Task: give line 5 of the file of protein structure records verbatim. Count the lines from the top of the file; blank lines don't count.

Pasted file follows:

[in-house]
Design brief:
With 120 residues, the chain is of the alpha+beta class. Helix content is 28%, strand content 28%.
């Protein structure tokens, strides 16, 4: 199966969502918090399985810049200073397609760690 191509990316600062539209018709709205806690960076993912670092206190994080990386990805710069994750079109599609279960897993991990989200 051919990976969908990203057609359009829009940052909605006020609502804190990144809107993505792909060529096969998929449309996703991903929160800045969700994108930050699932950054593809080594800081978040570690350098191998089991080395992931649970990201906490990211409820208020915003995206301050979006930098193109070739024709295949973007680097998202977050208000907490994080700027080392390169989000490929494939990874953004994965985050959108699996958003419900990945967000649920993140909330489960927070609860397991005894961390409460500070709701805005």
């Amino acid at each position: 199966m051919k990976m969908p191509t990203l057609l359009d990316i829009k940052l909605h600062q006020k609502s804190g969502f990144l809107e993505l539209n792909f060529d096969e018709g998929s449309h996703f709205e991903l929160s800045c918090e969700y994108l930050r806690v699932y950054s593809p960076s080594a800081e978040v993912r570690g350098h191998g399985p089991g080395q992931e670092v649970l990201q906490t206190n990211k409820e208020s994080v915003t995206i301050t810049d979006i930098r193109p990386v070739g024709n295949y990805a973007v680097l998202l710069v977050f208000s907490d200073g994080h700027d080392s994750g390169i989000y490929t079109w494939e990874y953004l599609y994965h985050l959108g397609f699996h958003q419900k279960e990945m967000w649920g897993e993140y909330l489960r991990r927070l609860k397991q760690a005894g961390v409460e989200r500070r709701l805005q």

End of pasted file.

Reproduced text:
């Amino acid at each position: 199966m051919k990976m969908p191509t990203l057609l359009d990316i829009k940052l909605h600062q006020k609502s804190g969502f990144l809107e993505l539209n792909f060529d096969e018709g998929s449309h996703f709205e991903l929160s800045c918090e969700y994108l930050r806690v699932y950054s593809p960076s080594a800081e978040v993912r570690g350098h191998g399985p089991g080395q992931e670092v649970l990201q906490t206190n990211k409820e208020s994080v915003t995206i301050t810049d979006i930098r193109p990386v070739g024709n295949y990805a973007v680097l998202l710069v977050f208000s907490d200073g994080h700027d080392s994750g390169i989000y490929t079109w494939e990874y953004l599609y994965h985050l959108g397609f699996h958003q419900k279960e990945m967000w649920g897993e993140y909330l489960r991990r927070l609860k397991q760690a005894g961390v409460e989200r500070r709701l805005q």